Sunday, October 24, 2010

'A citadel of bigotry and Babbitry'

My furlough week (no work, no pay) begins in a few hours, during which I'm not allowed to do anything that smacks of Observer work, so no Naked City postings (or comments moderated) until Monday Nov. 1. In other words, don't think I'm ignoring you because I don't like you. I'm ignoring you because federal law says I must.

Until then, have fun with this item from former Observer Forum editor Lew Powell, who's staying busy in retirement posting interesting tidbits from N.C. history at North Carolina Miscellany, a blog offered by the North Carolina Collection at UNC Chapel Hill's Wilson Library. Here's a great bit, "The Making of 'The Mind of the South,' " which includes a paragraph describing Charlotte that may sound familiar to many of you, even today. It was delivered by former Observer editorial page editor Ed Williams, and it refers to the writings of W.J. Cash, in H.L. Mencken's American Mercury magazine:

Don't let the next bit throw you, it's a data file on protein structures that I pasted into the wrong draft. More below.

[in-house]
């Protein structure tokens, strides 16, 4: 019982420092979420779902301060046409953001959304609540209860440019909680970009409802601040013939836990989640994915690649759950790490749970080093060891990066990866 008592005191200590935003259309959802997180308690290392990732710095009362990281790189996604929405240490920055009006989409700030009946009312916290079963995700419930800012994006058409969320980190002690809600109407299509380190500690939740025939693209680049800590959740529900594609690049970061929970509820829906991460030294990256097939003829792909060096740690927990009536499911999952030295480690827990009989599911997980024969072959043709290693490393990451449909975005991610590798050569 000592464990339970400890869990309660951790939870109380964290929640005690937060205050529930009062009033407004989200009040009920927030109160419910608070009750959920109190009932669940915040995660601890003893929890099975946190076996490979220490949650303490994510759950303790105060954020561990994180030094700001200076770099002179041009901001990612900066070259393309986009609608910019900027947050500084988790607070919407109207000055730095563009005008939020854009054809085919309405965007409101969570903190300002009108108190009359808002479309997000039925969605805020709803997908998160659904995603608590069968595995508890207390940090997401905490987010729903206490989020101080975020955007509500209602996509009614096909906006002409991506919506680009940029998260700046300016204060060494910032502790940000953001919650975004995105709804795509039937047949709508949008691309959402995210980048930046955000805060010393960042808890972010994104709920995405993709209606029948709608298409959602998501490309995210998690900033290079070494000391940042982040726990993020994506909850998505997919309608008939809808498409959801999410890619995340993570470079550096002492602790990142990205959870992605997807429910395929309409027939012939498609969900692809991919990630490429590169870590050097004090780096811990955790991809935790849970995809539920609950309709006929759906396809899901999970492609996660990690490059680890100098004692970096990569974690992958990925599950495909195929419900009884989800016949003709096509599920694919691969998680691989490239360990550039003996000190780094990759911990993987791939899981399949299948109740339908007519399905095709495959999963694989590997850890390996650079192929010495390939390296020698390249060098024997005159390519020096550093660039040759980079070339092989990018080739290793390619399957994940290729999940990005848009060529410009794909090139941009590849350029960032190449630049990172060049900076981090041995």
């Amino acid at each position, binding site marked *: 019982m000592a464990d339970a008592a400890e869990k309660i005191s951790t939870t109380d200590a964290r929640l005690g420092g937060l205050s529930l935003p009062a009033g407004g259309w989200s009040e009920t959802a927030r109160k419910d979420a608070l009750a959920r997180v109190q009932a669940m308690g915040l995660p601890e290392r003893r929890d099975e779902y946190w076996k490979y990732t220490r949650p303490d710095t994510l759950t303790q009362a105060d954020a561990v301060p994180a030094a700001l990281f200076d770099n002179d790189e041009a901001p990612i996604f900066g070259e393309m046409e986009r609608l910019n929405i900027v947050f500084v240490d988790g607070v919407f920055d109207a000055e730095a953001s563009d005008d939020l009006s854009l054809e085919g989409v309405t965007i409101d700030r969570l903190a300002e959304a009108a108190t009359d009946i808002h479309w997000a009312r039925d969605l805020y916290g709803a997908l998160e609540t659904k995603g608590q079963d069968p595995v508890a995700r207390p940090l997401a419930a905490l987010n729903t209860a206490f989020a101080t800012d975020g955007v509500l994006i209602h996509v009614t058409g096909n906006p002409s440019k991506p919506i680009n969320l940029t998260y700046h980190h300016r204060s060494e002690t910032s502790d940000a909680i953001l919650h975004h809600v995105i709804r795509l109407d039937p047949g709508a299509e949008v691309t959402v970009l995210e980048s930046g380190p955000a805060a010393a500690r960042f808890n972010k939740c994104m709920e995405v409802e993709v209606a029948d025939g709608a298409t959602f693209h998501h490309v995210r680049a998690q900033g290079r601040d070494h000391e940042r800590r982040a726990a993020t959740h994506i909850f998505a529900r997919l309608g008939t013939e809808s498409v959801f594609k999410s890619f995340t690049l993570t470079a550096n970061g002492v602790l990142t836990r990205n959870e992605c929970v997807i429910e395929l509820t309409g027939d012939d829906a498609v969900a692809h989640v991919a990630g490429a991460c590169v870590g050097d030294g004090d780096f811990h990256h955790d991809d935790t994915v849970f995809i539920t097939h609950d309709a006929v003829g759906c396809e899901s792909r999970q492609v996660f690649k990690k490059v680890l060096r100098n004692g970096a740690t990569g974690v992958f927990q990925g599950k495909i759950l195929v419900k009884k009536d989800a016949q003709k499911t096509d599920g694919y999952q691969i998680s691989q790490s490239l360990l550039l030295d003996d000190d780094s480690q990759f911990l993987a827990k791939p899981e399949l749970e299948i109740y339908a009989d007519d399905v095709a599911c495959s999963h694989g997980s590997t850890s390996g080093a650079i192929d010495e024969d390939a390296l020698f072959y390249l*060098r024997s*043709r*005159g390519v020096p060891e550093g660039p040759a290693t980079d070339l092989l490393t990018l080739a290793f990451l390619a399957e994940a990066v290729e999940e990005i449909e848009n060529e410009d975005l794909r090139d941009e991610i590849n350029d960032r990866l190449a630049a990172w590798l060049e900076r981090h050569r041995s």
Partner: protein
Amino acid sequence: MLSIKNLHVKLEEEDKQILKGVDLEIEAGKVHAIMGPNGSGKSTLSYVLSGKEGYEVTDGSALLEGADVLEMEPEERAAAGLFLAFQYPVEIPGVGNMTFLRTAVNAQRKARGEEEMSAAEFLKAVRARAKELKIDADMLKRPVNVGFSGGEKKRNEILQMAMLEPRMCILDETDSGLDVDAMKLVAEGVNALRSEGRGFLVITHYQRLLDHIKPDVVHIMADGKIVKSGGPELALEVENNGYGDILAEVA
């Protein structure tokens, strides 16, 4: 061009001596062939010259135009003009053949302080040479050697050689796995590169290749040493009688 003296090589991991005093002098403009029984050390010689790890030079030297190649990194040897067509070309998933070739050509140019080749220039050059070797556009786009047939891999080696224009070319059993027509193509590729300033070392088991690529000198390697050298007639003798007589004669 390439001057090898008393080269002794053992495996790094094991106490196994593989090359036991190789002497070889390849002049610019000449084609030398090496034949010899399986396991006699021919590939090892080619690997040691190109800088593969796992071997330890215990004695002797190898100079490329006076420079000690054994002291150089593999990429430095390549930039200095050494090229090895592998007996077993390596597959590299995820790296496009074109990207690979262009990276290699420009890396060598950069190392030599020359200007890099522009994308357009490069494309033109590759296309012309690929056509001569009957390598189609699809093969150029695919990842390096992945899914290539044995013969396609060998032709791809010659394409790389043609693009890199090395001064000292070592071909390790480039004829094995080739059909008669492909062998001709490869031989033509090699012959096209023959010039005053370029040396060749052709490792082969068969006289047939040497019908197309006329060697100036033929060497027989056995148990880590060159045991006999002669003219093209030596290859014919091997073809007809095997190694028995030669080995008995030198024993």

“Other articles in the Mercury would follow, including an indignant portrayal of Charlotte as a citadel of bigotry and Babbitry, besotted by Presbyterianism and in love with Duke Power Co., a city where life for many consisted of ‘a dreary ritual of the office, golf and the church’ that is ‘unbearably dull even for Presbyterians.’

If you explore the site you'll find a fabulous photo of Ike and Mamie Eisenhower in their bathrobes, waving to a crowd from a train car in Salisbury in 1952.